Ownership: Creator of the work, unless it is a Directed Work, sponsored work requiring University ownership, or a Work for Hire described in a written agreement between the work's creator and the University. (See section below, for the definition of "Work for Hire;" under the Copyright Act the University is deemed the "Author" of a work for hire.) If the University is to be involved in commercializing a Traditional Work or Non-directed Work, the work's creator shall assign the work to the University under an Assignment Agreement. The Assignment Agreement shall contain provisions outlining the commercialization responsibilities of the Institution and a mechanism for the sharing of commercial proceeds with the Author. In cases of ownership by the creator of a Traditional Work, the University shall have a non-exclusive, non- transferable, royalty-free license for its own educational or research use (hereinafter referred to as a "Shop Right").
4.2.2 Traditional Works or Non-Directed Works Involving Exceptional Use of University
Resources: "Exceptional Use of University Resources" means University support of Traditional Works with resources of a degree or nature not routinely made available to faculty or other Executive, Administrative and Managerial employees in a given area.
Ownership: University. However, upon agreement by the appropriate University official or body, the University may release or transfer its rights to the work's creator, with the University retaining (a) a Shop Right, and/or (b) the right to require reimbursement for Direct Costs and/or income sharing from the creator to the University if the work produces income for the creator. The parties may also negotiate for joint ownership of such works, with the approval of the appropriate University official or body.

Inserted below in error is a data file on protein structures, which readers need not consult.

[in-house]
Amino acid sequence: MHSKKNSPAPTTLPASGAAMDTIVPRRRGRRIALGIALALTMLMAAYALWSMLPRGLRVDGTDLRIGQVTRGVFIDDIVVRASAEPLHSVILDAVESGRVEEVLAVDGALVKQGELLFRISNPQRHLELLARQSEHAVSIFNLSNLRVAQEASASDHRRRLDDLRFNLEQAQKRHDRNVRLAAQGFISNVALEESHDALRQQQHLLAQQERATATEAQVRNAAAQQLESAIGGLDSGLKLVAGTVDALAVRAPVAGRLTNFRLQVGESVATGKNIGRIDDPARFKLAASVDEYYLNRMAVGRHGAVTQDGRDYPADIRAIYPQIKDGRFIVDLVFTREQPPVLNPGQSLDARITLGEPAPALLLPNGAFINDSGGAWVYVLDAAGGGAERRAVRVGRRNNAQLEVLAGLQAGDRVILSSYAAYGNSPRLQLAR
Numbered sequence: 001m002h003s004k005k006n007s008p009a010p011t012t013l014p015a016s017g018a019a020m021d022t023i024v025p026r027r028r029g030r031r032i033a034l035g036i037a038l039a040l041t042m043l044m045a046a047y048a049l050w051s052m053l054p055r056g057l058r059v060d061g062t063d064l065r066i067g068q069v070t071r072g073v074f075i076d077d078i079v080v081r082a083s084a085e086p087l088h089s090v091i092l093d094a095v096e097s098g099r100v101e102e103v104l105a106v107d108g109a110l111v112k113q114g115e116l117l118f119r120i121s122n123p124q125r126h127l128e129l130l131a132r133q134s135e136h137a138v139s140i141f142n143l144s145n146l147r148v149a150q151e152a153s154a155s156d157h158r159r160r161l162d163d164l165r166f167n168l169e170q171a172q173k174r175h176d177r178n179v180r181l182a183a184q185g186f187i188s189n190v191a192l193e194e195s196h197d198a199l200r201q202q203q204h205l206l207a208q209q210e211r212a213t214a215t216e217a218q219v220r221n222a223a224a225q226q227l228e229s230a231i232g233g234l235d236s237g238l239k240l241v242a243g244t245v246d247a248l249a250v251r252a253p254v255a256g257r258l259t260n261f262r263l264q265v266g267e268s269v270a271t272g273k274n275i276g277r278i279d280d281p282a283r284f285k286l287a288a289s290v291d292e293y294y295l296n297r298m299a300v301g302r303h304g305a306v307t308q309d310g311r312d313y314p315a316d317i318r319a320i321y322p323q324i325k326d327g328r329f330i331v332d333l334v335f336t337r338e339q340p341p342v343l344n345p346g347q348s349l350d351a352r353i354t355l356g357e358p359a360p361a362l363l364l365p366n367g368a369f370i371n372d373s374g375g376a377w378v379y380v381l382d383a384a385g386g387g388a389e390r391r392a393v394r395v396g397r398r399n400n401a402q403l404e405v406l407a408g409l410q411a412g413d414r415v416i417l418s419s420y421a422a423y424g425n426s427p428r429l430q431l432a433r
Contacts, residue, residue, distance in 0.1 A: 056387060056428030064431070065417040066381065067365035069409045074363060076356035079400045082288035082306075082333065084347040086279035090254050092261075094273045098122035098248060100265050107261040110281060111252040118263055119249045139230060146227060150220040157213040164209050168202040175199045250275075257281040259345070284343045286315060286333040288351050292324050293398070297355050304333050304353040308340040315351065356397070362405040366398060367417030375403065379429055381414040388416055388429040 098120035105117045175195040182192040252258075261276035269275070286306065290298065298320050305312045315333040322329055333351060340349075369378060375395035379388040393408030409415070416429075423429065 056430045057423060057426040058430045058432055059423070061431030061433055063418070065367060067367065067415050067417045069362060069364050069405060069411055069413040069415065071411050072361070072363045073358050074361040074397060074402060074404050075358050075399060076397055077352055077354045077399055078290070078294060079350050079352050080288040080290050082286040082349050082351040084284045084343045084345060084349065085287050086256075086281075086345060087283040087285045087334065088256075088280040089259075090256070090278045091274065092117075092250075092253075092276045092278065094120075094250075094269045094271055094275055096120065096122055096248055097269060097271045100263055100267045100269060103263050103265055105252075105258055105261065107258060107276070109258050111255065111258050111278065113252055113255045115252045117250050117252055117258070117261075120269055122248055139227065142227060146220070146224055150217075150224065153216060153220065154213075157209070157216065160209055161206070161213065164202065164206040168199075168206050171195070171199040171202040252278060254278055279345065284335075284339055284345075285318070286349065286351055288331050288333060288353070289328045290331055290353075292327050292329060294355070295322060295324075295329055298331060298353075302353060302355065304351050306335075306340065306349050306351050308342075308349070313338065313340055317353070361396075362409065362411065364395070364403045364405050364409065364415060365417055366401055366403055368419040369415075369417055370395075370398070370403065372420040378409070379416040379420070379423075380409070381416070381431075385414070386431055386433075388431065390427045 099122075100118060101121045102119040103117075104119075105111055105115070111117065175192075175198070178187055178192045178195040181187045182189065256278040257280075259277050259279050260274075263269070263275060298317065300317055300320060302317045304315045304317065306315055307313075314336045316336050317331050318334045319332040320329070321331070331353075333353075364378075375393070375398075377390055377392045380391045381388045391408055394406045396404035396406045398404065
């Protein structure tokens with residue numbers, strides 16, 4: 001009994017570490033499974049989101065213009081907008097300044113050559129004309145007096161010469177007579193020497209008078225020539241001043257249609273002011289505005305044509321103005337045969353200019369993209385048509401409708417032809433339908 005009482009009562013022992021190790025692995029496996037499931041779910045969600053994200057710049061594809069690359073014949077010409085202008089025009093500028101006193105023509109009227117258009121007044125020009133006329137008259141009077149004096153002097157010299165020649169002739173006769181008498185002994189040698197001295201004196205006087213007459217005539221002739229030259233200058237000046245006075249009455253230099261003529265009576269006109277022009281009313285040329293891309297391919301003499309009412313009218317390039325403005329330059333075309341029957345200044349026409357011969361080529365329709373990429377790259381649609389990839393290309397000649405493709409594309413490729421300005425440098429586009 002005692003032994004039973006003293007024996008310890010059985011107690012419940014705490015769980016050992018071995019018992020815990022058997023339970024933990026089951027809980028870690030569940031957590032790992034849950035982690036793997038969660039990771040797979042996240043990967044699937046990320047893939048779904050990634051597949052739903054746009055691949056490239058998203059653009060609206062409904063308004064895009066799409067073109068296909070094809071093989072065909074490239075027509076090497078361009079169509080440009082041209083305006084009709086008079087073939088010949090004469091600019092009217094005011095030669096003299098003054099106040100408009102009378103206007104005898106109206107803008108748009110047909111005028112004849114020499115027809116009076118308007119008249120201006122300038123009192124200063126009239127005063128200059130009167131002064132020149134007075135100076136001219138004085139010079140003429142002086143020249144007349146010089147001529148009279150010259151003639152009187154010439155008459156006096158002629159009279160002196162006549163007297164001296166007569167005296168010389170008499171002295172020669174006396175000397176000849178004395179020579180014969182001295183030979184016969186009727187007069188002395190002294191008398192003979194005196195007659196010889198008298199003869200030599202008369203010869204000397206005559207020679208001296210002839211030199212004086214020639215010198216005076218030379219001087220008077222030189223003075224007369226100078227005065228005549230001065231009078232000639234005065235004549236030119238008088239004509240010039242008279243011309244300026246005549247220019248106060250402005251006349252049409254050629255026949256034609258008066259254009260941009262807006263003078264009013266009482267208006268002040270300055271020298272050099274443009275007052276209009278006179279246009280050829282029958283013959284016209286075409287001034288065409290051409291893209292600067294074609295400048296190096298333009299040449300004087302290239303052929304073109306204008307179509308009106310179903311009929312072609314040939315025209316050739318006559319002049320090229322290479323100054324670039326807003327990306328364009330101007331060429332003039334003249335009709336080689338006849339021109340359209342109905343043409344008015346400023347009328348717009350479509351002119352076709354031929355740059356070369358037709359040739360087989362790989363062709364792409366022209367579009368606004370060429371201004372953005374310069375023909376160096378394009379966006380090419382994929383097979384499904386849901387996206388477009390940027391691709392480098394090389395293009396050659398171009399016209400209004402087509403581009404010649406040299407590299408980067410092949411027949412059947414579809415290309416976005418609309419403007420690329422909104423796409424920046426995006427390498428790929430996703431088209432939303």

4.2.3 Directed Works:
"Directed Works" include works that are specifically funded or created at the direction of the University (including, but not limited to, works for hire by faculty or other Executive, Administrative and Managerial employees).
Ownership: University. The work's creator shall be granted a Shop Right. The University may release or transfer its creatorship rights to the work's creator under a written agreement negotiated between the creator and the University, usually with the University retaining (a) a Shop Right, and/or (b) the right to require reimbursement for Direct Costs and/or income sharing from the work's creator to the University if the work produces income for the creator. The parties may also negotiate for joint ownership of such works, with the approval of the appropriate University official or body.
4.2.4 Sponsored or Externally Contracted Works: